BY ANDY STEINER
CATHERINE TSEN '11
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Hmong students are among the highest percentage of multicultural students at St. Kate's, and administrators are developing innovative ways to attract them and help them feel at home.
TALK ABOUT EARLY DECISION. By fourth grade, Nouchie Xiong already knew where she wanted to go to college.
"One day at school I picked up a magazine," she recalls. "I opened the page and saw an ad for St. Kate's. There was a photo of a woman of color and the copy said something like, 'Educating women to lead and influence.' That made a big impression on me. I was a feminist even then, though I didn't have a word for it yet. I knew I wanted to lead and influence someday, and when I saw the woman in that picture I felt like she could be me, that I could go to St. Kate's and succeed."
And succeed she has. Last spring, Nouchie Xiong '08 became the first member of her family to earn a bachelor's degree. The oldest daughter of hard-working Hmong immigrants, she likes to tell the story about her singular, early focus on the College and her journey — both metaphorically and physically — to the school. (Her story has its twists and turns, Xiong likes to joke: Though she grew up just minutes away from the College in St. Paul's Frogtown neighborhood, she always thought that St. Kate's was "in some exclusive suburb." She and her mother got lost on their first trip to campus.)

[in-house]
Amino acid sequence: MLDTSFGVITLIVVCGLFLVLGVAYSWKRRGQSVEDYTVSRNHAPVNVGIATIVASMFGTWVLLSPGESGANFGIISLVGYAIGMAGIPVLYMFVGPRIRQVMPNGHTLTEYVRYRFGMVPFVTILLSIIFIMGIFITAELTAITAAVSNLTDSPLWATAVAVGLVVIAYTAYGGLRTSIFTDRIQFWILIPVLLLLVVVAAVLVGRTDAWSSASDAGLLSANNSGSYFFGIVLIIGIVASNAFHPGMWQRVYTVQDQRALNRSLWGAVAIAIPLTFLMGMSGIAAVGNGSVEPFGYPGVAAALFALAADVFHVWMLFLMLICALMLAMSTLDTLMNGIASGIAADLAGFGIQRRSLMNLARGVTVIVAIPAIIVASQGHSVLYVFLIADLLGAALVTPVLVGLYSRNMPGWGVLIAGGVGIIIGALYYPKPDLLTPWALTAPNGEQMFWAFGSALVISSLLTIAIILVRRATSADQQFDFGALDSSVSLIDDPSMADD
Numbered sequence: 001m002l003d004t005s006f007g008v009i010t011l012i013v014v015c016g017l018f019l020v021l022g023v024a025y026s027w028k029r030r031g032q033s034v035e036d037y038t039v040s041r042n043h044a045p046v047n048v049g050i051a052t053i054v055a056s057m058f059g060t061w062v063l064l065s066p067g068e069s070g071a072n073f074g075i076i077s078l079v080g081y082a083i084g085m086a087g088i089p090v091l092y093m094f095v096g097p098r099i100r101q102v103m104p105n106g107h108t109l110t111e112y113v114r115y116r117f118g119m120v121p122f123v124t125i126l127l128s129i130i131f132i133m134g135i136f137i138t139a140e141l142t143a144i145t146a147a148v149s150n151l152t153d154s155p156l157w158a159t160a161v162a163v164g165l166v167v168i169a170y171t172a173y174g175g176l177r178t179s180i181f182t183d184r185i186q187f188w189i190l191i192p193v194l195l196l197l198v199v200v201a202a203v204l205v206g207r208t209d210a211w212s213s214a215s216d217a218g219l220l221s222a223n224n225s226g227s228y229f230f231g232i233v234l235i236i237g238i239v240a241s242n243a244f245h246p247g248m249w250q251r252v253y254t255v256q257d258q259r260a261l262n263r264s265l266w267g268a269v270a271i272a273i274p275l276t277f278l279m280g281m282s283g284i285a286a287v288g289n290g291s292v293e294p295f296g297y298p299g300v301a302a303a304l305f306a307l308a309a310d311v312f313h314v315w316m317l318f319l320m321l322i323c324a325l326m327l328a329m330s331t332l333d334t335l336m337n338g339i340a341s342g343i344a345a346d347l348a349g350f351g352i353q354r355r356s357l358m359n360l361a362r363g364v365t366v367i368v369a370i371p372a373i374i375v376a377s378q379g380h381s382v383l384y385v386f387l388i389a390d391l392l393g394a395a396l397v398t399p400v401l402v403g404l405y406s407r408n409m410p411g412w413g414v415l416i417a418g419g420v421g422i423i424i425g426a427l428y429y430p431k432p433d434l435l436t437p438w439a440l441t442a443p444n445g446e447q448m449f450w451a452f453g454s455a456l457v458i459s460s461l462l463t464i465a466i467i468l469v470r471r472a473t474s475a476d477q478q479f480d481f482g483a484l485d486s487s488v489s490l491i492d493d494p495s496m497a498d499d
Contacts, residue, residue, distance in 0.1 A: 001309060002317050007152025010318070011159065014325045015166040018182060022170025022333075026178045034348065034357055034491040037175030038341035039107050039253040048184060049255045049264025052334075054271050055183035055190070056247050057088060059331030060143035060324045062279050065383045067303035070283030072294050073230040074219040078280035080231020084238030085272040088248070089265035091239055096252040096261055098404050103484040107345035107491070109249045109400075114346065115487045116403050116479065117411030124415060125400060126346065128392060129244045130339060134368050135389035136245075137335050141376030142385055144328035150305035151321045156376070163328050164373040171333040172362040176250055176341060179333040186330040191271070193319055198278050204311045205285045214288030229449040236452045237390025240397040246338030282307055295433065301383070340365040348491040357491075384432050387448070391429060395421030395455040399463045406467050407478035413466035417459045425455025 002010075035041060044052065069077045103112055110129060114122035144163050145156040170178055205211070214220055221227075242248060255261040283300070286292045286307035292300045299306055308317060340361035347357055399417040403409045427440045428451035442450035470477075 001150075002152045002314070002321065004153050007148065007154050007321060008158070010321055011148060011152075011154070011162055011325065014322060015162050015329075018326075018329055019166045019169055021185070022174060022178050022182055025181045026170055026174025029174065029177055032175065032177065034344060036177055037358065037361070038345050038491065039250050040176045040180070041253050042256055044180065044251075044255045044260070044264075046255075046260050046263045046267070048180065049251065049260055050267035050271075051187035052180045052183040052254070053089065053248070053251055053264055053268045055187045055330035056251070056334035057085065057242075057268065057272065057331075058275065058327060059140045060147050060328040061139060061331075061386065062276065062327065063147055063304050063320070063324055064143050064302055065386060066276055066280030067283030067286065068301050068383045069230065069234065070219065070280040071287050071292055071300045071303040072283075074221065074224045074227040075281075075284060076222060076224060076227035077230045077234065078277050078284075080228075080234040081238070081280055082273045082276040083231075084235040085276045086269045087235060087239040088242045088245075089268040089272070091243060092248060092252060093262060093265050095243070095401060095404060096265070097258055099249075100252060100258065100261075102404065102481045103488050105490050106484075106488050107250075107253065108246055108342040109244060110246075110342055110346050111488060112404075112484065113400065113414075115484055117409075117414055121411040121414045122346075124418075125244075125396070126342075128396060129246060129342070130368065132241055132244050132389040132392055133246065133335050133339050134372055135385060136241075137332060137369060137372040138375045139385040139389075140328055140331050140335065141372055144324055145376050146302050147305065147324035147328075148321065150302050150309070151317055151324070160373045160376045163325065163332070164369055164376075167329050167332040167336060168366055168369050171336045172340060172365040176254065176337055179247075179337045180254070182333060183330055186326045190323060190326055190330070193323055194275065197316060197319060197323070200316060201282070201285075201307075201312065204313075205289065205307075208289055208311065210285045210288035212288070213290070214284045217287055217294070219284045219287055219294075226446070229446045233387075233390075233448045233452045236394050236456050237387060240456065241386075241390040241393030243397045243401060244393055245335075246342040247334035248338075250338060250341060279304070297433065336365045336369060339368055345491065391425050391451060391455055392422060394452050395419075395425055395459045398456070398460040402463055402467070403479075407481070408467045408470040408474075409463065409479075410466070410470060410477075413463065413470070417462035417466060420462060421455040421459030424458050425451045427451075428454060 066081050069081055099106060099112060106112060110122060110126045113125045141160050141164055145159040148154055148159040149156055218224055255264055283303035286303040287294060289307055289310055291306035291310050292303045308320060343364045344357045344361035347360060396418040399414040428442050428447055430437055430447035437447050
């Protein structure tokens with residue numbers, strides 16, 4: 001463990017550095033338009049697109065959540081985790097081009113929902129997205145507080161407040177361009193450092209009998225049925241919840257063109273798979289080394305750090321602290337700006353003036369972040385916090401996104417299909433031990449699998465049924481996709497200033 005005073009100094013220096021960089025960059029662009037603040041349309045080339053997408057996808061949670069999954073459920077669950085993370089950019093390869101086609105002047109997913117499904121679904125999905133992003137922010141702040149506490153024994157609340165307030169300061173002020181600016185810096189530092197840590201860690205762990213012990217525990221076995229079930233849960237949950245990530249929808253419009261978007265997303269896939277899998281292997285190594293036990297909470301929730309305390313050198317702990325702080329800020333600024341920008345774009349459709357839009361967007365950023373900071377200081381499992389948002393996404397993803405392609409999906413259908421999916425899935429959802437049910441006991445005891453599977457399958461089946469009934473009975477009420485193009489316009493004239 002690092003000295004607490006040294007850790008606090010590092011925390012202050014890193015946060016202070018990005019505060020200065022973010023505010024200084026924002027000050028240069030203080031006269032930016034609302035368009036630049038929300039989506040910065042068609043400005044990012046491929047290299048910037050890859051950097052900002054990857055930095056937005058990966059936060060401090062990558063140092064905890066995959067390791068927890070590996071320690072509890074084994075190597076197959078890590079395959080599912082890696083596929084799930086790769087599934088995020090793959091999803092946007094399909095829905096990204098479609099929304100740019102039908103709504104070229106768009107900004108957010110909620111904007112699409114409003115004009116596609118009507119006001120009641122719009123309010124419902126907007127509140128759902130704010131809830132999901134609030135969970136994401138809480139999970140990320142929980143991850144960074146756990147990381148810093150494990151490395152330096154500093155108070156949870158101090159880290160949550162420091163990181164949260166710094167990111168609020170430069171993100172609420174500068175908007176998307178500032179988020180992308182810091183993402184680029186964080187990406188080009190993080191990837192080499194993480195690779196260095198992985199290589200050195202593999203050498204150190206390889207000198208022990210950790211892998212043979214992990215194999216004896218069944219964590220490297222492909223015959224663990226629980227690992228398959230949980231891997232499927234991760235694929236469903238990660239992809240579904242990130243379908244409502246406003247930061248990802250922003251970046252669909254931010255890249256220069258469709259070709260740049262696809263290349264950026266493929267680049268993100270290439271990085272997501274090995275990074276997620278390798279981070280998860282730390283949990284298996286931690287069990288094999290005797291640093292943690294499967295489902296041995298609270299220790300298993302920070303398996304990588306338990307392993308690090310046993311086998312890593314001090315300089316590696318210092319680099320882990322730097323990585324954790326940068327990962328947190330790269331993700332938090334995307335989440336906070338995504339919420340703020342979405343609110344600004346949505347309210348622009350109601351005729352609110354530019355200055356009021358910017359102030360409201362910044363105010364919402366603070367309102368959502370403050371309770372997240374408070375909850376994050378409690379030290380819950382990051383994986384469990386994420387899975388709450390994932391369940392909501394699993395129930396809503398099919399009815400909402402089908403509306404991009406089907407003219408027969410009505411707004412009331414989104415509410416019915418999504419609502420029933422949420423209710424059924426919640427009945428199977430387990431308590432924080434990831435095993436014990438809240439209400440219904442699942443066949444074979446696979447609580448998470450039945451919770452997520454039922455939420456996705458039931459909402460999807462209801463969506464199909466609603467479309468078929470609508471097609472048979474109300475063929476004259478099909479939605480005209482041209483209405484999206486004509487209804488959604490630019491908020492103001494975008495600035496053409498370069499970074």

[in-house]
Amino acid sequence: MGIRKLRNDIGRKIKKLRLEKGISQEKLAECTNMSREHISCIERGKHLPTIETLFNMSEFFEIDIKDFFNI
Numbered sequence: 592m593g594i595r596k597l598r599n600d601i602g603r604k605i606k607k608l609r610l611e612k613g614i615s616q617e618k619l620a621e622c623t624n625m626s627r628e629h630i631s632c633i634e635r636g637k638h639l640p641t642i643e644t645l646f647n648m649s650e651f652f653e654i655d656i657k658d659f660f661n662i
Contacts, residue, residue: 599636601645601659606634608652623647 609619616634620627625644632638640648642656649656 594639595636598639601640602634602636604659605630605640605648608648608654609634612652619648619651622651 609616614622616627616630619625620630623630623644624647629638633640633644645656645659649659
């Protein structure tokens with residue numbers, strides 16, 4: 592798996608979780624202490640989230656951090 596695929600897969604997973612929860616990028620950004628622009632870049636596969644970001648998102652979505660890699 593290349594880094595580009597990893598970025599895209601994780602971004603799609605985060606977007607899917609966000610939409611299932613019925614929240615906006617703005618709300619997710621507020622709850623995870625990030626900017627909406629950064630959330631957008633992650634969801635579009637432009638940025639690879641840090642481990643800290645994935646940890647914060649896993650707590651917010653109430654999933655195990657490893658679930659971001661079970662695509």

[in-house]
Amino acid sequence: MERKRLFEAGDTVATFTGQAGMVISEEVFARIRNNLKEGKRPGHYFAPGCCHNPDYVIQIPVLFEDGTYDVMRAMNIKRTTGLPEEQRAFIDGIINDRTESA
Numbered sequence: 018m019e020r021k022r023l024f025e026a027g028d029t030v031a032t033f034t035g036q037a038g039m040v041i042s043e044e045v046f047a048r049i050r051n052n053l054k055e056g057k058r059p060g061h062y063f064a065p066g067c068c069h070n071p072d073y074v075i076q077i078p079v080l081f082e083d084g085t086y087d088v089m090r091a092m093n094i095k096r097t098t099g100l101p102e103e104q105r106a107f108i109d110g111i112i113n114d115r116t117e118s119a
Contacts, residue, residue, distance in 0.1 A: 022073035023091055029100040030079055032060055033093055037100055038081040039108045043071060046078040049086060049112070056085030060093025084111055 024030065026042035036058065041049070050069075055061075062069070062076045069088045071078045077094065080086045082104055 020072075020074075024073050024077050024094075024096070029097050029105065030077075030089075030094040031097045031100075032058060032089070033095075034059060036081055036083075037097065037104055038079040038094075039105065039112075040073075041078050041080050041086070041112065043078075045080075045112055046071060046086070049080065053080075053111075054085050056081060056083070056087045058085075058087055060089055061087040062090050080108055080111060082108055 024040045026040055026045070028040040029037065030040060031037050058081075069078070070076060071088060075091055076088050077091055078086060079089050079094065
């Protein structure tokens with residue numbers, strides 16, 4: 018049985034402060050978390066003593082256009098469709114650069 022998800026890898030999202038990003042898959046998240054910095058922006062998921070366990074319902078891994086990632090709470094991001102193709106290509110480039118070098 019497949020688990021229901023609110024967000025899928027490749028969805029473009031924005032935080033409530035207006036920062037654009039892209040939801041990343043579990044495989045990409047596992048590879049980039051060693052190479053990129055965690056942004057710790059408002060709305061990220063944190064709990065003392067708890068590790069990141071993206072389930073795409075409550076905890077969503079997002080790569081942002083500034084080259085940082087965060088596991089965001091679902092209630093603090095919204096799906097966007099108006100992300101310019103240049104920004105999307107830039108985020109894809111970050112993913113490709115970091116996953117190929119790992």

When Xiong and her mother finally did find the College, she felt like she had come home. "There were students there who looked like me," she says. "There were even some Hmong women on staff. I knew I'd come to the right place."